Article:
3B TODD FRAZIER
The expectations for Todd Frazier were palpable. As the biggest splash of the offseason, the New Jersey native was being called upon to form a dynamic duo with Jose Abreu in the middle of the order.
Frazier hasn’t disappointed. Through mid-May, he’s produced a .230/.324/.500 (.824 OPS) line with a league leading 12 home runs.
A slow April (.229/.299/.479) and a strike-out happy Frazier were cause for initial concern but it’s disproportionately skewed the overall perception of his year.
Frazier actually has posted the best BB/SO rates of his career thus far, at 11.8% and 18.8% respectively. His ISO is an astounding .270, really just what the doctor ordered for a power suppressed Chicago club.
Here’s where it gets fun. Frazier’s BABIP is a mere .210, significantly below his .270 career average. The batted ball profile shows that his soft-contact% is up nearly 10 percentage points, while his hard-contact% is down about 10 percentage points, per FanGraphs. So it’s not necessarily that Frazier has been unlucky, rather that he isn’t even squaring up the ball all that well yet.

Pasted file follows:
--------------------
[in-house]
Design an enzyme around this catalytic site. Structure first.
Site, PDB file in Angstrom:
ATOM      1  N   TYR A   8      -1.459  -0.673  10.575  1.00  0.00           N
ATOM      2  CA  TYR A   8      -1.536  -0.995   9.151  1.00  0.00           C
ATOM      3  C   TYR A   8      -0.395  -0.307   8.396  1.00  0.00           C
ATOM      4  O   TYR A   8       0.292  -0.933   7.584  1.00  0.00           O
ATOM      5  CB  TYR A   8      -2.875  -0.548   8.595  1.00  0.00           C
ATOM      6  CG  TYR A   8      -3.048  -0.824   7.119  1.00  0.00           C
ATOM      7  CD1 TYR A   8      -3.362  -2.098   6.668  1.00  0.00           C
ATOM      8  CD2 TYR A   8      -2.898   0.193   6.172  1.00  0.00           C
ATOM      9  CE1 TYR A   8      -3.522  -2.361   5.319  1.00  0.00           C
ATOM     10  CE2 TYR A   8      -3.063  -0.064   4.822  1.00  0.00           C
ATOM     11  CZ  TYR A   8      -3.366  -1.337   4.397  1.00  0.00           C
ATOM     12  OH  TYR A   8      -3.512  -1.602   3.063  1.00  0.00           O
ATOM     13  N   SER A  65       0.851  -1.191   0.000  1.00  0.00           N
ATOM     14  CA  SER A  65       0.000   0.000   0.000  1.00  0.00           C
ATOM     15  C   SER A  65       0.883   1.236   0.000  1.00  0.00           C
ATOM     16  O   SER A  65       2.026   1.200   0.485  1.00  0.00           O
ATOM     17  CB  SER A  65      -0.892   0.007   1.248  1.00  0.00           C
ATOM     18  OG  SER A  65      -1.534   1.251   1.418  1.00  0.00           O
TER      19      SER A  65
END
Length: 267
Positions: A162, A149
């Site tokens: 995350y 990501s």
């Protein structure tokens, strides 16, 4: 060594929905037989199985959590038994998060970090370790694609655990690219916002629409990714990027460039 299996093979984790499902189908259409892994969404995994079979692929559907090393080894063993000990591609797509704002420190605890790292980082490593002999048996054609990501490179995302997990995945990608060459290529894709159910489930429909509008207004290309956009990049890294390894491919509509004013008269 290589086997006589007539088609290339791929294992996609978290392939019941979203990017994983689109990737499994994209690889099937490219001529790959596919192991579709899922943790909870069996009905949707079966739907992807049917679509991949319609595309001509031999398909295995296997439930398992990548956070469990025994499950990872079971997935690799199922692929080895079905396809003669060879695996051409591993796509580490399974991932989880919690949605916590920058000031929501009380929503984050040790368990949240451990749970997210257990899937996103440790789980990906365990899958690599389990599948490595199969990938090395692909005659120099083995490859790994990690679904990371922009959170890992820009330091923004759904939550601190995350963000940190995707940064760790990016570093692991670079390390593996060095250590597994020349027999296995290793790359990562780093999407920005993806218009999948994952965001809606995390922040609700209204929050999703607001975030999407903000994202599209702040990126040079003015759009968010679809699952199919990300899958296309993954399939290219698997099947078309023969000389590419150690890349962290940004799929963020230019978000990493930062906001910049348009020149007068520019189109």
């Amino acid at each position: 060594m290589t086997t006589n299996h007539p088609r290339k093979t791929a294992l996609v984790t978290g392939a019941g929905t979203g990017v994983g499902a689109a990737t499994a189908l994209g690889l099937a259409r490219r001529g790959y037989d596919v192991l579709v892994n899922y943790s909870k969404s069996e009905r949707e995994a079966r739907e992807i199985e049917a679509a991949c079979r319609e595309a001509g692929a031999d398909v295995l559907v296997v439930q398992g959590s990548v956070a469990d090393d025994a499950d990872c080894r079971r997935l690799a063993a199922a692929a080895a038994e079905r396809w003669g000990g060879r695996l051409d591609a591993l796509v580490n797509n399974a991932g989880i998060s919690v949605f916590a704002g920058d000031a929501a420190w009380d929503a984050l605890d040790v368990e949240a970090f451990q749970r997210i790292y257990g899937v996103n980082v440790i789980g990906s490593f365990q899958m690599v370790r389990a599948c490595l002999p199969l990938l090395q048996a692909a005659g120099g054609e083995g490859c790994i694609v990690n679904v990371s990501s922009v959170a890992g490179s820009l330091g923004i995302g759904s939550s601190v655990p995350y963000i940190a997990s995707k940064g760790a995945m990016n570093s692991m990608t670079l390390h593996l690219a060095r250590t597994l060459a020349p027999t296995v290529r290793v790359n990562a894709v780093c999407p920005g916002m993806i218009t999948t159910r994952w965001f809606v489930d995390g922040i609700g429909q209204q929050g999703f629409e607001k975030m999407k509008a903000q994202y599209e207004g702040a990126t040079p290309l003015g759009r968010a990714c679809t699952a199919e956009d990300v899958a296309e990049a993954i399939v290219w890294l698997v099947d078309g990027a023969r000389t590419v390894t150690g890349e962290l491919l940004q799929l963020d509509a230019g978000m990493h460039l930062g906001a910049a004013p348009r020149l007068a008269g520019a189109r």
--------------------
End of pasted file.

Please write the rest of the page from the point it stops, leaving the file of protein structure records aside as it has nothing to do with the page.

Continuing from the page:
I expect that we’ll see the batted ball profile and BABIP stabilize in the coming months and that’s a scary proposition for opposing pitchers. This means that the most patient Todd Frazier to date might begin to see sprinkle in a few more singles and doubles into his production output.
His .903 OPS in May is a good indiction of the Todd Frazier we should see moving forward.
On top of the potent bat, Frazier has been excellent with the glove. The metrics say he’s been just okay, but any White Sox fan who has tuned in this season can safely say Frazier is a monumental upgrade over the glove of one Conor Gillaspie. Frazier has flashed decent range, a strong arm, and shown an ability to truly pick it at the hot corner.
Frazier has also filled the leadership void in the clubhouse and seems to be the piece this club was missing all along.
The BABIP hurts his GPA a bit, but Frazier’s definitely made the honor roll.
Next: 2B Brett Lawrie